Are iMacs good for gaming?
Since its inception, Apple has delivered on a lot of good things. They are especially known for their stand out design, beautiful form of their products, excellent software optimization, great customer support, and expensive prices that make their products appear more prestigious.
However, Apple iMacs have never been seen as gaming PCs. We are going to take a look at why, in this article.
Here are the type of Macs you will find in the market
You can find Macs as both laptop and desktop.
For now, you can find three MacBook products in the market. One is that laptop designed majorly for casual PC users, the MacBook Air. They also have the variants of MacBook Pro, which are the 13-inch and 16-inch models.
The second type of Macs is the “all-in-one” desktop, which is the iMac and Mac Pro. Lastly, the normal desktop setups. The Mac mini, which is basic but quite compact, and the new beast mode Mac Pro.
Apple products are quite expensive and some are even too expensive. A lot of them have excellent hardware, but they aren’t good for gaming.
But we are going to focus on the iMac.
Let’s take a look at the software and hardware
As mentioned earlier, Apple’s PCs have always been about the form for some time now. Some believe that they now consider form ahead of function.
However, that isn’t totally true. Even the least iMac function quite well due to great software optimization. However, the optimization isn’t exactly targeted towards gaming.
In weaker and less expensive iMacs, the graphics card is majorly the Intel Iris Plus graphics solutions. While the high-end iMacs that are built mostly for professionals have the Radeon Pro GPU, which isn’t exactly good for gaming.
The GPUs hold their own quite well and are not horrible for gaming. However, when you put the price tag into consideration, one will realize they don’t perform well enough.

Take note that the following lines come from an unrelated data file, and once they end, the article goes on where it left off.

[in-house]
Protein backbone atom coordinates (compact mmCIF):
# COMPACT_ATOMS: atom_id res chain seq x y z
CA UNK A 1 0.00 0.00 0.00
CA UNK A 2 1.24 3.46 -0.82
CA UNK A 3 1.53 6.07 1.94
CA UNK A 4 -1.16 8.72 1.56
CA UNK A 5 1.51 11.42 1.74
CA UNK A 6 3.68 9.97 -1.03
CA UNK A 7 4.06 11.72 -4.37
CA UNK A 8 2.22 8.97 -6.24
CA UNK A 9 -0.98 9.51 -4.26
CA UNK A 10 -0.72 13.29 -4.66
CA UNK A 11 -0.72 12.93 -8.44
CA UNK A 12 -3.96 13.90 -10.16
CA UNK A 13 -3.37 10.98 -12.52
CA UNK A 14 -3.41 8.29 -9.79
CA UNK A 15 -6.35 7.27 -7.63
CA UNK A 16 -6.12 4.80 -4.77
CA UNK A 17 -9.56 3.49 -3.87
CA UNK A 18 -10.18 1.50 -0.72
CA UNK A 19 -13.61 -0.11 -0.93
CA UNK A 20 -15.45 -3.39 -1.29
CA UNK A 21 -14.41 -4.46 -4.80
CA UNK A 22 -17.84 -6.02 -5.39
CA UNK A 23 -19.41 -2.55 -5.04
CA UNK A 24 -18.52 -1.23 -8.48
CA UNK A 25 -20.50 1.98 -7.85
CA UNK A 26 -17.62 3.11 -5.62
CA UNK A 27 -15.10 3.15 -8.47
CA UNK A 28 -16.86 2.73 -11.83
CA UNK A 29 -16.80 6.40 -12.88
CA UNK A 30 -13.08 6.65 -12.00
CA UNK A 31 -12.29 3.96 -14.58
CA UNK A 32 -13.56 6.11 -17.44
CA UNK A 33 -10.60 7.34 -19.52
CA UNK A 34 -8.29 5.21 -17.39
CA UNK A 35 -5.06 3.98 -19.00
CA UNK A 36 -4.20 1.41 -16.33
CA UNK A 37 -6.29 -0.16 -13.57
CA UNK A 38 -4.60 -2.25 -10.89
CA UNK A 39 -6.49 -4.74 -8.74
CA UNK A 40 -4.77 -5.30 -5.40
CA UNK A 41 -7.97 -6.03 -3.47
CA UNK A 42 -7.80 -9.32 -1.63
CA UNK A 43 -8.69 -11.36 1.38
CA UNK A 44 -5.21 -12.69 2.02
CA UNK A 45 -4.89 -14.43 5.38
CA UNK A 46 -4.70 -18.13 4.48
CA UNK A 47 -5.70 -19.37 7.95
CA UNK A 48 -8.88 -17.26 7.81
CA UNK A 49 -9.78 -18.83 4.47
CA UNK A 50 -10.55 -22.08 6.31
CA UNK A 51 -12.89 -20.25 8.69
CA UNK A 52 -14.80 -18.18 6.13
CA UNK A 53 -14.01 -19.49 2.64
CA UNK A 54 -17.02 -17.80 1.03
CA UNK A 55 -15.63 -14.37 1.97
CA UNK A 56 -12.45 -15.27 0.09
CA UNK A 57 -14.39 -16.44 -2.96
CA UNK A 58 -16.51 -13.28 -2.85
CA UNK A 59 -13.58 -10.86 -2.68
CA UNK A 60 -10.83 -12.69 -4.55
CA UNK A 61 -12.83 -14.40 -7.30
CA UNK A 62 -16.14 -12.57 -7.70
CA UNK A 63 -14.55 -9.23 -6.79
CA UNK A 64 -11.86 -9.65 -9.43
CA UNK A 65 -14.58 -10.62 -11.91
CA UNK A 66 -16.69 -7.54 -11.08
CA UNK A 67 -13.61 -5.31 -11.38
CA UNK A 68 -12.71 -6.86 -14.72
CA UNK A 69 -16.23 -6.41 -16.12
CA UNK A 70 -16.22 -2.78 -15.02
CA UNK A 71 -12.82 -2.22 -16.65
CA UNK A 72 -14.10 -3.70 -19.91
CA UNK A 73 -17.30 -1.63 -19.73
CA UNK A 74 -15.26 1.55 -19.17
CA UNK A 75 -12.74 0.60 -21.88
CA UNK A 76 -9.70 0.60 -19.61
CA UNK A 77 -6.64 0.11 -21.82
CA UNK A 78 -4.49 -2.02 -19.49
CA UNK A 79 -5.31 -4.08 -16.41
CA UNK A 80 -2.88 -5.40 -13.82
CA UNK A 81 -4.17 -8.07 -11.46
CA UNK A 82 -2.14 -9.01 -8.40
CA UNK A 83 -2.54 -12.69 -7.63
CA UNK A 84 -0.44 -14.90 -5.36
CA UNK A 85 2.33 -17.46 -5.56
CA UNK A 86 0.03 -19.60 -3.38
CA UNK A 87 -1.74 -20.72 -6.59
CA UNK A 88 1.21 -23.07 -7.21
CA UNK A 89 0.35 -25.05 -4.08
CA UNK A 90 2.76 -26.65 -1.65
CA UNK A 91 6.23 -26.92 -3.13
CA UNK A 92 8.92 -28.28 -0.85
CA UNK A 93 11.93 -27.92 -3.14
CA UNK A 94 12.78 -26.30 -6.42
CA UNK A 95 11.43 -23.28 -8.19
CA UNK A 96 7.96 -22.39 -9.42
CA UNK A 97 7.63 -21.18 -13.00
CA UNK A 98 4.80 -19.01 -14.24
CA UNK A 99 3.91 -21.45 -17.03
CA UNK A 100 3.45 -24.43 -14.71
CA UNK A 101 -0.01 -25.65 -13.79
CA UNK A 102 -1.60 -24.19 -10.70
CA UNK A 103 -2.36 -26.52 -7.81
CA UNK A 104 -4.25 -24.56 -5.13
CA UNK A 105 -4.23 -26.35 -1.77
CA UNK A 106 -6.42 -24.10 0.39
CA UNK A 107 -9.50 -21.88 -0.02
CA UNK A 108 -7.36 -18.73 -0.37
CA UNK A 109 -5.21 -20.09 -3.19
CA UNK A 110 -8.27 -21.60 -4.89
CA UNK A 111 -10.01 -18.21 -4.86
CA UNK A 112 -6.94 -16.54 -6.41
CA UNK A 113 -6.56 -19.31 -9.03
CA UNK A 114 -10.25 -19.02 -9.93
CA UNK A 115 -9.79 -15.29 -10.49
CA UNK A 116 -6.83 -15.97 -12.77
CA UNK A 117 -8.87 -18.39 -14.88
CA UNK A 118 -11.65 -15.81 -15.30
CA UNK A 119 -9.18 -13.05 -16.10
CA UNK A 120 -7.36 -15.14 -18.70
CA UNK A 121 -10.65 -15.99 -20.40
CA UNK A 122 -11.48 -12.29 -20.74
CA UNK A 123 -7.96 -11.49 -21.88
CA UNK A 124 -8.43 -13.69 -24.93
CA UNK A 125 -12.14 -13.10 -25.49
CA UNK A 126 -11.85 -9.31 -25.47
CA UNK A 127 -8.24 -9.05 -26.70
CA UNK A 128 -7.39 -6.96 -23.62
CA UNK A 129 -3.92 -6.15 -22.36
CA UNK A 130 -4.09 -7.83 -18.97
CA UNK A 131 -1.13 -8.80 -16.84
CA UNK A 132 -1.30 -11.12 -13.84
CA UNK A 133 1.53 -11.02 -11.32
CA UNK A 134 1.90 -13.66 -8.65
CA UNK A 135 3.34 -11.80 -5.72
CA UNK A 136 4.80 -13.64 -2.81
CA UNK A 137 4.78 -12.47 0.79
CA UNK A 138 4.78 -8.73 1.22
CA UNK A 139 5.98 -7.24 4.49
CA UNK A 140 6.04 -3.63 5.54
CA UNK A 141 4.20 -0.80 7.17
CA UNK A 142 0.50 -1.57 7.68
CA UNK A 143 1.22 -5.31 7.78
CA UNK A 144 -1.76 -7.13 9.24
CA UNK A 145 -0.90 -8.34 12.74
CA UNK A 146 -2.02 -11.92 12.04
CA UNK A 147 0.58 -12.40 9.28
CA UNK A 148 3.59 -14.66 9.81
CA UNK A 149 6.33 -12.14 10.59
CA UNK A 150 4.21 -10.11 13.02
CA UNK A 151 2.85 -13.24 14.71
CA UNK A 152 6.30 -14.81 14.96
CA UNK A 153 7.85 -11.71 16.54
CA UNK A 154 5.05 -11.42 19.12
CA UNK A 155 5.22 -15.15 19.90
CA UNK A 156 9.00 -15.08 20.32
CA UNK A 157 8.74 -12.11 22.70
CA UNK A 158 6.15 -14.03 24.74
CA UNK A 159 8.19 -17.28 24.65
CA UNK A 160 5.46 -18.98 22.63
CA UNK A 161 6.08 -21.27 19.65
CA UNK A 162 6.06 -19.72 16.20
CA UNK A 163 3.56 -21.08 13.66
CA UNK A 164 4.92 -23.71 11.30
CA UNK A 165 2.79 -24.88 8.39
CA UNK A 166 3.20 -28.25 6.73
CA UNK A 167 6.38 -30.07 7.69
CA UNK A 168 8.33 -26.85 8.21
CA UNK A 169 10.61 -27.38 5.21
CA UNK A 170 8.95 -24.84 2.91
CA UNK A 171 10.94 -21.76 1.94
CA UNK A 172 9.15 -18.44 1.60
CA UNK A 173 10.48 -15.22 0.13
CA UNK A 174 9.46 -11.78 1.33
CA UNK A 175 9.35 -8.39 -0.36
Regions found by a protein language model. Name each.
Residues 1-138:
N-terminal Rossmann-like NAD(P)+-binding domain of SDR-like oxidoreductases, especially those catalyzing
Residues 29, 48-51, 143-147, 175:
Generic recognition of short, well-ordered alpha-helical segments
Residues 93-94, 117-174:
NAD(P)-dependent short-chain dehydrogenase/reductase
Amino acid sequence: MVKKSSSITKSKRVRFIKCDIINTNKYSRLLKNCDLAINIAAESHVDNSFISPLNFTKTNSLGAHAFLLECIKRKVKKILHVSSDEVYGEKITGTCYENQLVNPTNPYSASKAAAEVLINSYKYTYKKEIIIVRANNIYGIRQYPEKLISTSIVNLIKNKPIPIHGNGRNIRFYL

An example is the iMac Pro (Vega-equipped). For the kind of gaming performance it offers, it seems pretty expensive. At $4,999, it should definitely deliver more on gaming than what it offers.
You will find a lot of gaming high-end PC for way lesser than the price you’d pay for the iMac Pro.
Moreso, not a lot of games are released on macOS like Windows. If you are big on gaming, it will be a poor decision to leave Windows-based PCs and going for the iMac.
While iMacs hold their own decently on some gaming levels, they are simply not the best use of money in that regard.
The 21.5-inch iMac with a 4K Retina display
With that being said, if you insist on getting an iMac and you would want to do some gaming on it. Here’s one you could get.
A powerful, all-in-one PC. The 21.5-inch iMac has a super-slim build and a wonderful 4096x2034 P3 4K Retina display. This display relays over a billion colors, which gives it a lot of brightness and gaming reality. The display accuracy and the level of details that appear help give a wonderful gaming experience.
Although, this review isn’t for the base model, as the base model has not been updated since 2017.
This variant is a more expensive one and it has a processor that ranges from the 8th Generation 3.6GHz quad-core Core i3 to the 8th Generation 3.0GHz 6-core Core i5. It has up to 4.1GHz Turbo Boost and 8GB of DDR4 RAM, which you can configure to 32GB.
In the $1,299 mode, which is the cheaper one, you will find a 1TB hard drive. However, the $1,499 iMac has a 1TB fusion drive.
The GPU is the Radeon Pro 555X that has 2GB GDDR5 memory. But can be improved to a 4GB Radeon Pro 560X.
After all said and done, we can say iMacs are not built for gaming. iMacs are excellent for their intended purpose, which obviously isn’t gaming.
Most come with underpowered hardware. The ones with enough hardware power, for the latest games, are too expensive.
Combine this with the fact that most games are released on Windows rather than macOS. You’d realize that it’s not wise to spend money on an iMac solely for gaming purposes.
If you ask most Mac users, the purpose of owning one is not for gaming. Other alternatives deliver better and come for cheaper prices.